Some people think that letting children figure out spiritual truths for themselves --- teaching them the rebellious attitudes they still possess --- is a good thing for their children.  What it is, however, is placing them at the maturity level of an adolescent-soon-to-be-adult.  This does children no favors, casting adult responsibilities and reasoning expectations on their childhood.  This may make some parents feel good:  they no longer have to argue with their own parents or teachers (or God) about spiritual truths which confuse them, but they imprint these confusions on their kids.  But their kids never get a faith foundation, a reliable truth, and as a result many lives are ruined, lacking the foundation to ever truly become adults themselves.
The mature adult is like a mature fruit; it is meant for another.  The fruit falls to the ground, and its seeds bring new life.  Or if it is picked by another person, it gives that person sustenance for his life --- it becomes part of him, helping him to mature.  We are all meant to help each other in this way.  It’s like love, a giving of ourselves to another.  The point Nash makes in his example is that we influence others (and our children) with our faith, our love, but we cannot make them as we are.  Telling children “This is the truth as I see it” isn’t preventing them from going through whatever faith problems we had.  They will still grow, still mature, and hopefully still learn, all their life.  They need a good foundation to start on. 
The one who proclaims to know the hate (that exists in the mind of another) against himself or others, is like the adolescent, like the unripe fruit.  Not ripe, he does not know what true love is, or why he was created, his purpose, which is not only for himself, but to help nurture others also.
Hate is centered on “I”.  “You hate me” is the adolescent rebelling against what he was taught is true, trusting not in his parents, his religion, but only in “his truth,” expressed in “his freedom.”  But hate is not truth, because it is in him; truth is always found in the reality around us.  Wanting something to be true does not make it true.  And stating it is so is not a discussion of the matter, but more of a temper tantrum, centered on what we want --- without going through the adulthood stage of having to search for and find it.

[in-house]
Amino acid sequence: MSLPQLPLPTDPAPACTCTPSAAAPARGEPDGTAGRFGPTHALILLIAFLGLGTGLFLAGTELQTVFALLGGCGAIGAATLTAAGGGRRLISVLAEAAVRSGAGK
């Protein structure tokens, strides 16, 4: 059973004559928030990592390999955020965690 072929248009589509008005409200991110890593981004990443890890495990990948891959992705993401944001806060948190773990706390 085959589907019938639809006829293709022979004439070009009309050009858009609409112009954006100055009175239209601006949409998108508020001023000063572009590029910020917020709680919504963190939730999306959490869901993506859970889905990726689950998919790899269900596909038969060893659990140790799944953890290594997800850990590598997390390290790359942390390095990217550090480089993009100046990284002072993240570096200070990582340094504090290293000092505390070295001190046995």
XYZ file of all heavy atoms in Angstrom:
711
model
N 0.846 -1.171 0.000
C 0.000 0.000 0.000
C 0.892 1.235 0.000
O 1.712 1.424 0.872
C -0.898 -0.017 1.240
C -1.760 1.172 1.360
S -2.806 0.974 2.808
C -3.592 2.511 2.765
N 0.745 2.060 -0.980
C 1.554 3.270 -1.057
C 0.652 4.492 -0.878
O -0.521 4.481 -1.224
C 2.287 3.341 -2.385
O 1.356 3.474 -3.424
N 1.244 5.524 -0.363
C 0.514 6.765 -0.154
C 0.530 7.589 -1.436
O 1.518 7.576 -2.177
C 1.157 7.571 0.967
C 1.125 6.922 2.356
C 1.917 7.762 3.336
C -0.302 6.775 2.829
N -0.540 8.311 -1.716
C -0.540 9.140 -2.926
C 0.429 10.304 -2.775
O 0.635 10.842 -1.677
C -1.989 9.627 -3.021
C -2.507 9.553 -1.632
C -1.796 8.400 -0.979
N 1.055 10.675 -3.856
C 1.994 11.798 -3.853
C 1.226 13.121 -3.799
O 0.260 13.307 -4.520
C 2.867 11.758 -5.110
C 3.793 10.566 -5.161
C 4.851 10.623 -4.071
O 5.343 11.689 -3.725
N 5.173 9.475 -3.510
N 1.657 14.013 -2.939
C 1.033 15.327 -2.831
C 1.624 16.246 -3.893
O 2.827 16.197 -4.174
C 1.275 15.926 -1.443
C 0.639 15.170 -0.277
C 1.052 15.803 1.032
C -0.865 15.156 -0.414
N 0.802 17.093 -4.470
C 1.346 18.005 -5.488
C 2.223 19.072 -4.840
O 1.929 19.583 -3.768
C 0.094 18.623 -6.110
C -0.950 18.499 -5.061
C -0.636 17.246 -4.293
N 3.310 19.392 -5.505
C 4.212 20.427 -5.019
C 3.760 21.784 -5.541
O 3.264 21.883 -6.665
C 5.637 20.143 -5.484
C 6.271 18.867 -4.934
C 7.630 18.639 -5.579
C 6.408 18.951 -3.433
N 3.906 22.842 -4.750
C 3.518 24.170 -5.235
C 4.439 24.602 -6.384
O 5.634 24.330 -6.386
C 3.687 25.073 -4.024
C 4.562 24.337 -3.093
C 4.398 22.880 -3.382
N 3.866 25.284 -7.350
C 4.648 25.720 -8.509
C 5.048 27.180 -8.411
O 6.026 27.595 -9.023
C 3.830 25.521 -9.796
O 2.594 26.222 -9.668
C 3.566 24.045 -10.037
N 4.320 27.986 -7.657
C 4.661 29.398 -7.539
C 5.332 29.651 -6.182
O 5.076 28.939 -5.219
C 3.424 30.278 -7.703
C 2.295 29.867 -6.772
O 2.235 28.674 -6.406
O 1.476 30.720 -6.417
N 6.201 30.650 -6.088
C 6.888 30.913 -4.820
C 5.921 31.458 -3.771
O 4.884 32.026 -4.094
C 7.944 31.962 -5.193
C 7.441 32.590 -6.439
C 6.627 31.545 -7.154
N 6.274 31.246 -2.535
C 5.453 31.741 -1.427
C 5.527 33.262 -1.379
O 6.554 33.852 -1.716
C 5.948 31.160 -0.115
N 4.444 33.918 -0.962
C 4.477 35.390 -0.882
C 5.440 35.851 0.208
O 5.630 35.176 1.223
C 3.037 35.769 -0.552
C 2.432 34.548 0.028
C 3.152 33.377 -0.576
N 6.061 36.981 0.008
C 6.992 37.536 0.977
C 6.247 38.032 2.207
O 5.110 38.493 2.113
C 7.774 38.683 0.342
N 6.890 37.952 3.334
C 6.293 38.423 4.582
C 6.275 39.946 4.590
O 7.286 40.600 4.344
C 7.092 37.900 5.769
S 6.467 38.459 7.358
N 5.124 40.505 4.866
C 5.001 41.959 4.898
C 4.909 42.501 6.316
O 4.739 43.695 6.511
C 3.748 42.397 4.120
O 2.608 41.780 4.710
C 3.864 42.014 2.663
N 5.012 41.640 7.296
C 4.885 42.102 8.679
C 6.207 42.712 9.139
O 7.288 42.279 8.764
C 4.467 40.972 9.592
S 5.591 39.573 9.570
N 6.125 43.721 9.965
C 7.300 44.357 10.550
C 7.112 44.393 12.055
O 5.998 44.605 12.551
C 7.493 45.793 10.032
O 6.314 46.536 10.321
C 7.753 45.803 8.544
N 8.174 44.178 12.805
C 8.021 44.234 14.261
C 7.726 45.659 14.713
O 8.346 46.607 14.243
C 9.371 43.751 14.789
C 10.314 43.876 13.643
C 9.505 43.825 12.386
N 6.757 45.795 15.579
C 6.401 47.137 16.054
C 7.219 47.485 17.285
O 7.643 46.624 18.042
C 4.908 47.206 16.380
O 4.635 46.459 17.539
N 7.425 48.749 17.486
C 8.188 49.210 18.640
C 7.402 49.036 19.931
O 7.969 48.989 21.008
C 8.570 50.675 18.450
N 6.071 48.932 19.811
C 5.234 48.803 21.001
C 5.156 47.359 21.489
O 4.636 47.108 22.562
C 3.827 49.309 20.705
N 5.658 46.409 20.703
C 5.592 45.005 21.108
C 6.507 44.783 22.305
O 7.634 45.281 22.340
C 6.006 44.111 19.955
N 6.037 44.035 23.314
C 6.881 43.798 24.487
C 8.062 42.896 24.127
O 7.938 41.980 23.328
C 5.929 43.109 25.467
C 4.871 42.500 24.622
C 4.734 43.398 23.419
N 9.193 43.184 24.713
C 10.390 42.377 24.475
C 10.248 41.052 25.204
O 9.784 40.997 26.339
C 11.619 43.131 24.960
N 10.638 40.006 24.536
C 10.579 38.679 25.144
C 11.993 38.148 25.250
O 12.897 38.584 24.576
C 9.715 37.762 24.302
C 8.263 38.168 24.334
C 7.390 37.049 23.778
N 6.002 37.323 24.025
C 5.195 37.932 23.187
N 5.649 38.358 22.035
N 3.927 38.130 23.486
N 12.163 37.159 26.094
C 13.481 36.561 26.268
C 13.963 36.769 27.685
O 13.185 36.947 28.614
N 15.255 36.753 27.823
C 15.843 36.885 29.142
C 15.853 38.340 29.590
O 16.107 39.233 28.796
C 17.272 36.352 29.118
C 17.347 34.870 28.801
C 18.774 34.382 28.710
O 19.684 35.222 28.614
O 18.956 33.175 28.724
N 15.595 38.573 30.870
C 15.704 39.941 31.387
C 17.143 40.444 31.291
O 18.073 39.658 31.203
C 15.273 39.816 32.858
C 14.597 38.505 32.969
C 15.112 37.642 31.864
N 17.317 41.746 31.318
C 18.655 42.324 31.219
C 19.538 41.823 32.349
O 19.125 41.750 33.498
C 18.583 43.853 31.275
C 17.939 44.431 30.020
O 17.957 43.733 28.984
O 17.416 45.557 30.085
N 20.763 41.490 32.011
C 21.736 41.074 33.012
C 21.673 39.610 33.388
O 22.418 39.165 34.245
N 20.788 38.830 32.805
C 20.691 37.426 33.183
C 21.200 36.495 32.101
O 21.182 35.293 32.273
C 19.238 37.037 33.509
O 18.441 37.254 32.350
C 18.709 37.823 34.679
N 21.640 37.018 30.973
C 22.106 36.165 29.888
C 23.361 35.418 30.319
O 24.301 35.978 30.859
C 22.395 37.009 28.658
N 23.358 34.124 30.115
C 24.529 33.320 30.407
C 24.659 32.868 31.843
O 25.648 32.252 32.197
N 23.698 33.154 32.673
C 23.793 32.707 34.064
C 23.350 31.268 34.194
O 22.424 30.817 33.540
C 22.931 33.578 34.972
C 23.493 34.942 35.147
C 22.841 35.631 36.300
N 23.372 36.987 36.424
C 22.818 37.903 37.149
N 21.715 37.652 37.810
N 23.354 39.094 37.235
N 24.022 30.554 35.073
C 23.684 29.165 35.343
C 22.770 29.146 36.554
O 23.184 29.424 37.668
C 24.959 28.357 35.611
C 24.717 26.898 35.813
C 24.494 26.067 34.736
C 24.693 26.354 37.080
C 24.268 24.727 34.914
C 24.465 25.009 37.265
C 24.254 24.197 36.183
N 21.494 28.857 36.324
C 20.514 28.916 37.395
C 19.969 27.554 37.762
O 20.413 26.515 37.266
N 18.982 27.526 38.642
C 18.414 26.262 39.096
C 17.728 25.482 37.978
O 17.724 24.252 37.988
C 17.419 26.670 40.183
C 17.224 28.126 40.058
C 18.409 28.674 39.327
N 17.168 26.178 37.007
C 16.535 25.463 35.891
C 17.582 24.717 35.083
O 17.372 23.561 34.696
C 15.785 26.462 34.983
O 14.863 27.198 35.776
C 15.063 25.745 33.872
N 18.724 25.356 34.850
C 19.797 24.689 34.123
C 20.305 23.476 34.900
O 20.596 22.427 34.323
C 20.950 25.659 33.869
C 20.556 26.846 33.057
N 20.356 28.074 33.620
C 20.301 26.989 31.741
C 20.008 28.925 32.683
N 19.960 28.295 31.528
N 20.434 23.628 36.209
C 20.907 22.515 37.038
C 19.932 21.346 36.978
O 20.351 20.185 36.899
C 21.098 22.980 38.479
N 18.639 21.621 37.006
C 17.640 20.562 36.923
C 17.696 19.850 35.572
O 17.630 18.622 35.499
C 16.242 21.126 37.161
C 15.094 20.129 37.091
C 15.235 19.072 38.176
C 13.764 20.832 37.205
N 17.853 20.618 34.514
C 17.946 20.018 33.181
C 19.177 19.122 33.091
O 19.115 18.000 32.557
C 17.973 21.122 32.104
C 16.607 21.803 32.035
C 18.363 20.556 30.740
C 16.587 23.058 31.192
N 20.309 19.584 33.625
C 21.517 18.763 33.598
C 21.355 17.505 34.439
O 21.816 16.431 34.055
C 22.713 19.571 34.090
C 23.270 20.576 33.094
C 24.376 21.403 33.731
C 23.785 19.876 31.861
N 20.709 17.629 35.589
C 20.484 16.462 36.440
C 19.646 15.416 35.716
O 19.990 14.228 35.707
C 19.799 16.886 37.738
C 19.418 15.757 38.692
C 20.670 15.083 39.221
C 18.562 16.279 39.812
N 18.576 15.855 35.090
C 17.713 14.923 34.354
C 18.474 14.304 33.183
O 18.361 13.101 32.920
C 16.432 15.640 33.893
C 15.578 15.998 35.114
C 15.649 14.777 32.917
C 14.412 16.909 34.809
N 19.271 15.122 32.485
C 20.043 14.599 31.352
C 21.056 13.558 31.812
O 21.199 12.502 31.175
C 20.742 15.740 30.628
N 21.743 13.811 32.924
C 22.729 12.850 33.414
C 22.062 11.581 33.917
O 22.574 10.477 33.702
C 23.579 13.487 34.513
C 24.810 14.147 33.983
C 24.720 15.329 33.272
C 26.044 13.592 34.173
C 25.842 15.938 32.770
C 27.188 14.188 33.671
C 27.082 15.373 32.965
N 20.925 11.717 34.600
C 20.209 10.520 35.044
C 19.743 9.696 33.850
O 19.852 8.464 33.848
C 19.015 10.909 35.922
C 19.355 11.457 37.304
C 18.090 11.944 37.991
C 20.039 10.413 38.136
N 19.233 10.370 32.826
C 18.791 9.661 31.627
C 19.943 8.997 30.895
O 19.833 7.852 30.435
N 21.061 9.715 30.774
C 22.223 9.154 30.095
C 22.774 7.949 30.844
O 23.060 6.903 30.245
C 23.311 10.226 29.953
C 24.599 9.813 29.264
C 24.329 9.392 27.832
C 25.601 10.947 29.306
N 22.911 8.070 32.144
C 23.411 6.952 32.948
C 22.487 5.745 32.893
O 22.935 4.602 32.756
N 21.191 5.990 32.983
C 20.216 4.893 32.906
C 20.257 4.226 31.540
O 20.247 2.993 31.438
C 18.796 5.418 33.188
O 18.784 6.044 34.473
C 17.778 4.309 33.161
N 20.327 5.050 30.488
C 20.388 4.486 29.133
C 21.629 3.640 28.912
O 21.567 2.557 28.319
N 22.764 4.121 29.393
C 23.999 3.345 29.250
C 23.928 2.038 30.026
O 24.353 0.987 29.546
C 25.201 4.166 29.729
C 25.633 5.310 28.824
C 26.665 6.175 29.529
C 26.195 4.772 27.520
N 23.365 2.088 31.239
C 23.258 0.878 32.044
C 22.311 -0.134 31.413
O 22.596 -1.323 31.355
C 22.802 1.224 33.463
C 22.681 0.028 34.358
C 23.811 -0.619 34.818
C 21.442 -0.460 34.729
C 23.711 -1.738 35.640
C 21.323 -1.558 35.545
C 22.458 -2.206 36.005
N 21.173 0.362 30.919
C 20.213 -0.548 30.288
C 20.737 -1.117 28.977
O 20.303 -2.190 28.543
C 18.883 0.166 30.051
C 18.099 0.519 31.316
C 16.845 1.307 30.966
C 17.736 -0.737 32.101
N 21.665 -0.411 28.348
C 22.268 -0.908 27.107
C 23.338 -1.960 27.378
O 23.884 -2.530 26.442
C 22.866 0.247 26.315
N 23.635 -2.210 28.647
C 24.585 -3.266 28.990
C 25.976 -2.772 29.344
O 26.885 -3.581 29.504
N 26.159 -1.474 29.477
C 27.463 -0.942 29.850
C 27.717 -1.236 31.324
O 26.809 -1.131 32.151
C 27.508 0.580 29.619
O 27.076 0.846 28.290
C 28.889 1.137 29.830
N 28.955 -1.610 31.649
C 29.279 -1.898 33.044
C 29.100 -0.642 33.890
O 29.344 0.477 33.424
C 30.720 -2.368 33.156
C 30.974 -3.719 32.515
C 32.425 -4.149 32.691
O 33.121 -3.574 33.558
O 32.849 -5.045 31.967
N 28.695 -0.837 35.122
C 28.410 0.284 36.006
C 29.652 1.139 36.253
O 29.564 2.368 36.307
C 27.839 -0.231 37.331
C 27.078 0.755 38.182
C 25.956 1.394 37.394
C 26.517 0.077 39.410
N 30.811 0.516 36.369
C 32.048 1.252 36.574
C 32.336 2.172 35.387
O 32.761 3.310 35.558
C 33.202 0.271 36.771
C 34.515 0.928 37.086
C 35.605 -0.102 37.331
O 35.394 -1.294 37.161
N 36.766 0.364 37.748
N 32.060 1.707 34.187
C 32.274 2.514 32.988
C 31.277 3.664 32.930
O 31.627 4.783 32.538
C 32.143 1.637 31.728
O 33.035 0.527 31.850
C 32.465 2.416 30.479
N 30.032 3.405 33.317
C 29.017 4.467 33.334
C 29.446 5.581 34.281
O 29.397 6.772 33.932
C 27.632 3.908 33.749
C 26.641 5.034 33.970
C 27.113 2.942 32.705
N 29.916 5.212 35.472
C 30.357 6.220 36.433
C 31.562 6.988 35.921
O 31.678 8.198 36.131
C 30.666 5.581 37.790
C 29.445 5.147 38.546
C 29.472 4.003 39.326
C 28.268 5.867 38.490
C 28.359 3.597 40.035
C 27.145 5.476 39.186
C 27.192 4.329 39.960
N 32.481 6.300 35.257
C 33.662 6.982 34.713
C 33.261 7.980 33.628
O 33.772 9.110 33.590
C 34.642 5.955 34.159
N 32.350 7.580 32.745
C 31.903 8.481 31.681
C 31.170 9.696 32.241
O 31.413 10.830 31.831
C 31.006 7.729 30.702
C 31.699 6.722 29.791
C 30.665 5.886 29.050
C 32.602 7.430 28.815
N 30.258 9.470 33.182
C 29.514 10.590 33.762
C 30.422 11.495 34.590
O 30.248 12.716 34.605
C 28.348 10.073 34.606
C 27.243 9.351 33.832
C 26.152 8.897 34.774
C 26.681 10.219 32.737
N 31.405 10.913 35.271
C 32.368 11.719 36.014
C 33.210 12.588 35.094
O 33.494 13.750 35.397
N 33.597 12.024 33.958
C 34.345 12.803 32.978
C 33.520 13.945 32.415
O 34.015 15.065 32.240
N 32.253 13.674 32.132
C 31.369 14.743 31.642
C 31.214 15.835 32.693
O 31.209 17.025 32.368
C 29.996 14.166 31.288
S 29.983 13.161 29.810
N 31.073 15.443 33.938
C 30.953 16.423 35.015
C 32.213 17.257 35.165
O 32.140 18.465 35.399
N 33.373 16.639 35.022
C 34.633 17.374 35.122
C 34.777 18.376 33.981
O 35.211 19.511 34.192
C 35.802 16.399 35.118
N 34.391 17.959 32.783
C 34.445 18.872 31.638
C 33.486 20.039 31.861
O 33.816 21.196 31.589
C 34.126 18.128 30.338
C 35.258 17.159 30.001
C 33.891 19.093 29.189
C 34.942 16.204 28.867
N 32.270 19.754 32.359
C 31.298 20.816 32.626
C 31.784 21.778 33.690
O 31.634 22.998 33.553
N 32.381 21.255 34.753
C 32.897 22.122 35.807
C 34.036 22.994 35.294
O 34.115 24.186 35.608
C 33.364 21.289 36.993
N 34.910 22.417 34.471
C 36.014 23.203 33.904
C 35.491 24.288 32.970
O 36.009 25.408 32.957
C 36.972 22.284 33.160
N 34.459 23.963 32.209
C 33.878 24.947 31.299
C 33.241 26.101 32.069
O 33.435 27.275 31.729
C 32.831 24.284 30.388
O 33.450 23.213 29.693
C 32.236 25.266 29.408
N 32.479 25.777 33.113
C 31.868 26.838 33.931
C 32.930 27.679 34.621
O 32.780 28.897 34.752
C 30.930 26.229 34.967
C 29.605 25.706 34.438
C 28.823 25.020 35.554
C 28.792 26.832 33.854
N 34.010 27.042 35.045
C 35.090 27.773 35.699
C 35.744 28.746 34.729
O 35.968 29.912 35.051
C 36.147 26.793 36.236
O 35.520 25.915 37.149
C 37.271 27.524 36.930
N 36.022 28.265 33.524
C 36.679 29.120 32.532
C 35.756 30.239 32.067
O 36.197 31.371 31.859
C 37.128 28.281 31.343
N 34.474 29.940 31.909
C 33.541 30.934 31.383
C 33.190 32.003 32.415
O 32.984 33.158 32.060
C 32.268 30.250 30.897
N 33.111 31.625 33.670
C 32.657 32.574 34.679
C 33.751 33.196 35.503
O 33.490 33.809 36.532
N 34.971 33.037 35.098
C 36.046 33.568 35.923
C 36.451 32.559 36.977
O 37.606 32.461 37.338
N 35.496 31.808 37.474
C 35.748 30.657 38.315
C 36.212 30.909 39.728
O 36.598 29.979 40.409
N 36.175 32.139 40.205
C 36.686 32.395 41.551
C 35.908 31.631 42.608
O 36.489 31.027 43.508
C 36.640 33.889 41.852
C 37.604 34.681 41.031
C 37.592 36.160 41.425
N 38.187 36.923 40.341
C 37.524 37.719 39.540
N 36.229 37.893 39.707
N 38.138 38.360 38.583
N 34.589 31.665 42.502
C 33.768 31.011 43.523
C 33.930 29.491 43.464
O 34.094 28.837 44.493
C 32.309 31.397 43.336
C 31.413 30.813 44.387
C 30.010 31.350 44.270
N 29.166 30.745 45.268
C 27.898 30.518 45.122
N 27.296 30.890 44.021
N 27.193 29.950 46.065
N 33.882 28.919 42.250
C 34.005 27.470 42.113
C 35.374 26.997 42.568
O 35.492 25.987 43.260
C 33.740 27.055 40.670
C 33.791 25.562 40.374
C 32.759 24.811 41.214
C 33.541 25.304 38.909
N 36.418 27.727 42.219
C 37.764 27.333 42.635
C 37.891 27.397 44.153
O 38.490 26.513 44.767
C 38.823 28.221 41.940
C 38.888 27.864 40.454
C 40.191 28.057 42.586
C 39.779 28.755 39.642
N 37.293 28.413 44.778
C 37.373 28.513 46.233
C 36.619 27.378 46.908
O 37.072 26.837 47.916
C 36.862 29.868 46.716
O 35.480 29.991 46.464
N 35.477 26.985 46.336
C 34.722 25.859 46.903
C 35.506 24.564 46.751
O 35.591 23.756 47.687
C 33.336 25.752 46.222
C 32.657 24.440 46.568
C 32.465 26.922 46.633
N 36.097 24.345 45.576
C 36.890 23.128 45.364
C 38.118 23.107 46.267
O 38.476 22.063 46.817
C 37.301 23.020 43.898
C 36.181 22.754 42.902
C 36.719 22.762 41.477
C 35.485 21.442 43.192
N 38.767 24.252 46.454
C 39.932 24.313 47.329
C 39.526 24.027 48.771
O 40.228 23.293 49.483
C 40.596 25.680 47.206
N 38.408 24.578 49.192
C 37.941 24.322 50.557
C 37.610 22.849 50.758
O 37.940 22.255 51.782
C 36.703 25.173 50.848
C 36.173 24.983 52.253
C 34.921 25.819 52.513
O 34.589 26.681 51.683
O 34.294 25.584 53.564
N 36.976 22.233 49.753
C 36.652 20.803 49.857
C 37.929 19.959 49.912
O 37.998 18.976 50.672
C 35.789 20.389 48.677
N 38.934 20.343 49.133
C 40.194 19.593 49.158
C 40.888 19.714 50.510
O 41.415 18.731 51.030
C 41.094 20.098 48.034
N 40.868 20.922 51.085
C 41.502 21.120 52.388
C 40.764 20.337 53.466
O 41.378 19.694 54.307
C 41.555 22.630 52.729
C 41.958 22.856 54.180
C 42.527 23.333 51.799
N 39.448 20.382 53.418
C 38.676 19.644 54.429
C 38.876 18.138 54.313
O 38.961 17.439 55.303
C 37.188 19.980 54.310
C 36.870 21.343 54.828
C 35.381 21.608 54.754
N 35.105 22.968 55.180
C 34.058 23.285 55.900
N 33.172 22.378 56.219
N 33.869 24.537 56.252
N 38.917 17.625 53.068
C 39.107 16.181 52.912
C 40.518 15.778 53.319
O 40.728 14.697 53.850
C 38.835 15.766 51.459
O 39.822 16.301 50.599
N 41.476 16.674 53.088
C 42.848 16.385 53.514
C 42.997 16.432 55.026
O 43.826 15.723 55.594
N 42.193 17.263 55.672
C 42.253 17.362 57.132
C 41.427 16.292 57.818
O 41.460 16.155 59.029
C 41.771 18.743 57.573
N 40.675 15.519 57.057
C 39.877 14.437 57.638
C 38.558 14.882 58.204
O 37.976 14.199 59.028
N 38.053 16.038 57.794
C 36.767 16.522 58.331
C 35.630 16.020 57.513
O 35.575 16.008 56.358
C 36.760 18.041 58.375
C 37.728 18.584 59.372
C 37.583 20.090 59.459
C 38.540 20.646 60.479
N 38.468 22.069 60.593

Those who preach/write/believe that “they know” that others’ feelings are “anti-“ this or that, or are “-phobic,” or that they “hate” something, don’t really know those other people, or what they think.  Each human being is unique; you cannot lump together those who are not you (or don’t agree with you) into any simple descriptive word.  And until you become a spiritual adult, recognizing your uniqueness, your own contribution to the teaching and uplifting of others, your own love of neighbor, you cannot begin to see the love --- or hate --- that exists in others.
If you believe someone “hates you,” either you have not matured sufficiently to see the love that exists in every human being, or the person of whom you speak has not reached maturity; they have not learned how to love.  But they are not evil in their weakness, and it is not for us to judge them as so.
Growing in love, growing in holiness, is growing in maturity.  If your focus is on hate, it means you have some growing up to do, and you best get on with it --- so you can become all you were meant to be, for God, and for us, your neighbors.